SEQUOIT TO SEQUOIT: Iron Man Vs. Specialist

Two different perspectives, Sequoit to Sequoit.


John Petty and Monica Wilhelm

John Petty

Being an Iron Man is more than just a title. Playing multiple sports holds meaning to this Sequoit and his family.

Playing three sports to me is less about the sports by themselves, but more so what they represent. Ever since I was little, my dad had me playing and trying new things all the time. As the seasons changed, the sports changed. To me, each season was associated with a sport. Fall meant football and the winter brought basketball. The spring was full of baseball (my favorite) all the way into summer. Being part of a sport has always meant something to my family and me. From a young age, I was always told to take advantage of situations. My dad would always come home and talk about kids who stopped playing sports either to “work out for another sport” or because “it was too big of a commitment.” This discussion was usually accompanied with “I try to tell kids that it’s four short years of high school, it’s gone before you know it.” This always made sense to me and it left me thinking “why would anyone not want to play something because they were worried about one sport?”

I also thought that playing high school sports for most athletes are the last time they get to competitively play a sport for the rest of their lives. Thinking that way was scary because more than ten years of youth sports leading into high school would drastically end due to the end of a school year. My dad once told me “you can play baseball against another team in the playoffs and 18 people compete against each other. Yet, when you walk across that stage at graduation, good luck finding nine people to play.”

This stuck with me and I still think about its true meaning. It is also a definite reality since I will be graduating in a little over a year. Thinking that time is limited provides an edge to always take advantage of the situation which  means playing as many sports as I can. Also, in my family, my parents take pride in commitment and keep it a priority to always fulfill potential. My sisters were both very good students who dedicated their time in the classroom as well as outside of it. Although I am different from them, it was basically an understanding that I would play three sports and devote my extra time to them especially baseball. Even if I wasn’t the top student in my grade, I would exert all my energy into something. For me, playing three sports and contending for the Iron Man award is about commitment and proving something to myself, while striving to be the best I can.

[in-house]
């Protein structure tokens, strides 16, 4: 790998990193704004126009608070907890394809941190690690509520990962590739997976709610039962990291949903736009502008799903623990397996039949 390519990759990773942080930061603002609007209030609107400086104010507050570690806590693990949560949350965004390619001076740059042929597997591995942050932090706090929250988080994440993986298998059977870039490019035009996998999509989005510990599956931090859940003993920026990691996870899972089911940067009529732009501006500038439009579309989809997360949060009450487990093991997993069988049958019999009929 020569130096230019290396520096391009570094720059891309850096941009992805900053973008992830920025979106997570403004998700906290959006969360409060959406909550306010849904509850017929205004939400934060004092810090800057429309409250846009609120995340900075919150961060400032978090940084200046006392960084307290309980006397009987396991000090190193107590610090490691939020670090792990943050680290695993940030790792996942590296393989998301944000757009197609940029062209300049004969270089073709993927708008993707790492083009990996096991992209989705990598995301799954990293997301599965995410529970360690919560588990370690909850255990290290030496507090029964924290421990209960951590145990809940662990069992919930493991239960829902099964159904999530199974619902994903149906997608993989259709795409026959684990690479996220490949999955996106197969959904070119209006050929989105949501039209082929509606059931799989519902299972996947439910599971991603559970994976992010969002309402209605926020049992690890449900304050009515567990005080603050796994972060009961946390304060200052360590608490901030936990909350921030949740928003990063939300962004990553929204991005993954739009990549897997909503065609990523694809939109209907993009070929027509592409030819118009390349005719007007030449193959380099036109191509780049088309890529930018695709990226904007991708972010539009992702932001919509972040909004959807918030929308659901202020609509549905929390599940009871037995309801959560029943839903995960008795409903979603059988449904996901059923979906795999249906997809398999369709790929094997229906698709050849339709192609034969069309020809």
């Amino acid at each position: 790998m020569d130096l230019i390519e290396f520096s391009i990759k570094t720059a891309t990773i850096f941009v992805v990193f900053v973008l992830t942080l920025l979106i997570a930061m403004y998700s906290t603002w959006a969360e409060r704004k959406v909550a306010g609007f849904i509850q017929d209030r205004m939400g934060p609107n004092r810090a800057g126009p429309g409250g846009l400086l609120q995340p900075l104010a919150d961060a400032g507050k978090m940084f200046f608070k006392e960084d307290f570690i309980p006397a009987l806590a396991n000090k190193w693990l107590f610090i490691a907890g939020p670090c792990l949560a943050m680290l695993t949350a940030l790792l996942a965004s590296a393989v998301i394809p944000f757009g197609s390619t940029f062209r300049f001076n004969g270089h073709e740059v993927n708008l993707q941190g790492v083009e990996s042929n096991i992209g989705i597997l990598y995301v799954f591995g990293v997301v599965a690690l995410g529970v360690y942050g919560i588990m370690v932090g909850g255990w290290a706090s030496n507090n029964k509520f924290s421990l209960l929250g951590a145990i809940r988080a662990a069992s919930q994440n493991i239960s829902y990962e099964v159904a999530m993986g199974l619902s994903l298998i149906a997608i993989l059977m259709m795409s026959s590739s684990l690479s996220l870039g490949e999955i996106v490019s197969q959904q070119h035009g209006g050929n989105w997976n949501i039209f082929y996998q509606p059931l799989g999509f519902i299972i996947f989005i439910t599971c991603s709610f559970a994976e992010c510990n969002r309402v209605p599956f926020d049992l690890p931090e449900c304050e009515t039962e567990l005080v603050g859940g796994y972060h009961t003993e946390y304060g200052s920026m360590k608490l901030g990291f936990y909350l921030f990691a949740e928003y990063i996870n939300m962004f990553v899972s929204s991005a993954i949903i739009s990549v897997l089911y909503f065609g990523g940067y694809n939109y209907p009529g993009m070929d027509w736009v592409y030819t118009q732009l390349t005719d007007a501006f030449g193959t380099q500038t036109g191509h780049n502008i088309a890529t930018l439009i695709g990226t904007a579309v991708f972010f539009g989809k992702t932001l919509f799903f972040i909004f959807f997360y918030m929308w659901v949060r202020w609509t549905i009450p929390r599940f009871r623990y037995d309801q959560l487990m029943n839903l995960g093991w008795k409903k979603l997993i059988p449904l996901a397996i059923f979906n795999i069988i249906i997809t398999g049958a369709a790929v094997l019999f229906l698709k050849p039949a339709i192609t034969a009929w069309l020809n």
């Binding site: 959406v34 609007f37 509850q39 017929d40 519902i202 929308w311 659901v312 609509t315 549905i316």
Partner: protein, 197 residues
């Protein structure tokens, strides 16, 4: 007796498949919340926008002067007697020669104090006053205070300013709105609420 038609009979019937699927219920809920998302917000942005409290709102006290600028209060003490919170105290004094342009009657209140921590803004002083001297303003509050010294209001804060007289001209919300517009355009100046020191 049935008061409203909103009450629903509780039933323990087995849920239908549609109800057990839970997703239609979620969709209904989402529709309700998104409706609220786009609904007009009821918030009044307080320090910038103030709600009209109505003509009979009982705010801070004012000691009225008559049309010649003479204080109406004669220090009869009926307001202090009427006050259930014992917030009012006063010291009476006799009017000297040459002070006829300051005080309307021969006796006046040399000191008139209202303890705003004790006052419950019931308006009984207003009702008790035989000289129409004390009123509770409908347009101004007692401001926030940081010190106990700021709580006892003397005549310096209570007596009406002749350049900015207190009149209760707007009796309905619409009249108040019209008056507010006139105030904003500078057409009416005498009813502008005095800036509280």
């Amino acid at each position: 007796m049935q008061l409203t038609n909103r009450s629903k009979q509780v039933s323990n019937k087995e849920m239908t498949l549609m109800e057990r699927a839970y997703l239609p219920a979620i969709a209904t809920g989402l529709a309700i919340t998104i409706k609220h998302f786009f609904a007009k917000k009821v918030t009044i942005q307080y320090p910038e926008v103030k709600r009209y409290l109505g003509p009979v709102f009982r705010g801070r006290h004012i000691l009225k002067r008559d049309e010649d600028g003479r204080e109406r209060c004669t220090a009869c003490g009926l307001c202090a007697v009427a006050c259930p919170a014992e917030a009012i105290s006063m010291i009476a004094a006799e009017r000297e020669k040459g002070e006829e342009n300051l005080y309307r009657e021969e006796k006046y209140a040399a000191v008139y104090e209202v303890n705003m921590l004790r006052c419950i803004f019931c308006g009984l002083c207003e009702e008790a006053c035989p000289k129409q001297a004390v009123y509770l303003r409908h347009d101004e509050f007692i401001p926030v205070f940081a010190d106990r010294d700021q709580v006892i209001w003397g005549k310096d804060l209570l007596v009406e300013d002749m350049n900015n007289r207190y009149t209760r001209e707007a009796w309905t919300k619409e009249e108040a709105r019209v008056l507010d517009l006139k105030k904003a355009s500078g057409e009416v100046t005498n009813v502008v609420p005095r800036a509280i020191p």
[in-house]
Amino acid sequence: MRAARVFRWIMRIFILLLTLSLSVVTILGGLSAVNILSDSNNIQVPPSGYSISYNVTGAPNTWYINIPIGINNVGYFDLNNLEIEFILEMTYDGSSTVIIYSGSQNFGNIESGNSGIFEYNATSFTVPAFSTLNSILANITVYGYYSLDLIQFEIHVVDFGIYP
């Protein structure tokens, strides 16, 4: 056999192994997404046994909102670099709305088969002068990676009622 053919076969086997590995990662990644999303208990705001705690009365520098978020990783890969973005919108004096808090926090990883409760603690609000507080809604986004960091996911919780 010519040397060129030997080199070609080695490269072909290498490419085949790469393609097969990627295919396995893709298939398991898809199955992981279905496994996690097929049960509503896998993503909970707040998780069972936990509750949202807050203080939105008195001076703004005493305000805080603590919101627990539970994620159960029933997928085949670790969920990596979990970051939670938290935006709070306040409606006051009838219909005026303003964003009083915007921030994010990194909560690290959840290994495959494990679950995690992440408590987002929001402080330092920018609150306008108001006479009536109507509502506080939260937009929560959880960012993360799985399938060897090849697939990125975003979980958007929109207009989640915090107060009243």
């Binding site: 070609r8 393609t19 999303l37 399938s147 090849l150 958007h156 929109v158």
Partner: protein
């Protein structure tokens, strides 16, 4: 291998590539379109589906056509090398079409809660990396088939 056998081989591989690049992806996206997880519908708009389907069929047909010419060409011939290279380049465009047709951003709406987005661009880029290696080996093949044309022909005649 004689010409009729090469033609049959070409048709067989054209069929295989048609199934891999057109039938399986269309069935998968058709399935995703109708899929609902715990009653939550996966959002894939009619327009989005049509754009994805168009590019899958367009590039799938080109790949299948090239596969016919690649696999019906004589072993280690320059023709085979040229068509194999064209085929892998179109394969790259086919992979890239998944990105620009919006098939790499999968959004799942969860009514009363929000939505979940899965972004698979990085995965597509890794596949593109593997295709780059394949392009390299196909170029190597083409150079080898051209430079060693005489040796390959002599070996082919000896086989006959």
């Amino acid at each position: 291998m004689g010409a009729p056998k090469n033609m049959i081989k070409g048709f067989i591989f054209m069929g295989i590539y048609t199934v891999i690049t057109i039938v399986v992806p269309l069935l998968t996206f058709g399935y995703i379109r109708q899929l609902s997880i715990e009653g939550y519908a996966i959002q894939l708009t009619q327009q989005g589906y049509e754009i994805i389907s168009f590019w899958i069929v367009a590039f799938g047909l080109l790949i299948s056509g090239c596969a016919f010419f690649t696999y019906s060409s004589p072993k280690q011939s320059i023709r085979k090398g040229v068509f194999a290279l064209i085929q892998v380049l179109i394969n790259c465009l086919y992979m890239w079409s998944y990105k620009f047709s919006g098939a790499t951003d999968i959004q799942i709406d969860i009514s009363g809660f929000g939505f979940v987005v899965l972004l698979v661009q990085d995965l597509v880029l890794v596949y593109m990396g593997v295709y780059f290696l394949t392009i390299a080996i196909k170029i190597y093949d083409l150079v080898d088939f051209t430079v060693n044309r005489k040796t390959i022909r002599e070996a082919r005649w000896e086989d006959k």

Monica Wilhelm

For this Sequoit, her focus remains on training for her core sport because she cannot imagine life without it.

As the year goes on, I watch as my friends and teammates lace up their running shoes, secure their volleyball pads, or even put on that cheerleading sparkle, as the next sports season approaches. A huge athletic recognition that many sequoits strive to obtain in their four years at Antioch Community High School is the iron man or woman award. This award is received by any Sequoit athlete that participates in three sports for their entire high school career. For many athletes, as the season changes, so does their sport. I, on the other hand, focus on my one love: soccer.

A popular question that many of us were asked at a young age was “what do you want to be when you grow up?” Being raised in the Wilhelm household meant believing that you could do whatever you set your mind to because with hard work and a little faith anything is possible. So, with that being said, my answer to the question never changed and never will change even to this day. When I am older, I want to be a professional soccer player.

I have always been known as a dreamer. Although I may not always have the most self-esteem, I have always believed that all things are possible. From a young age, I did not know what my path would entail, but I was very certain of where I wanted the end result to be. In my mind, I am never where I want to be. There’s always something that I could be doing to help me get stronger mentally, physically and technically. In turn, that can be perceived as a bad or good thing. It’s not healthy to think you’re never good enough, but it is what drives me to always want to be better than the person I was yesterday, on and off the field.

Soccer is not only just a sport, it’s a lifestyle. Soccer is played three seasons out of the year, with summer being a time for camps and even more intense training. For me, soccer is played 365 days out of the whole year. Soccer has captured my heart since my first breath and will remain a part of the game until my last. I am a “specialist” athlete because it is what I want to be the best at, what I want to do, and who I want to be.

I choose to focus on one sport because I couldn’t imagine my life without soccer. I choose to focus on soccer because it is my escape from all the outside evils of the world. I choose to focus on soccer because it is my happy place that will never compare to anything. I choose to focus on soccer because it is my purpose to life itself.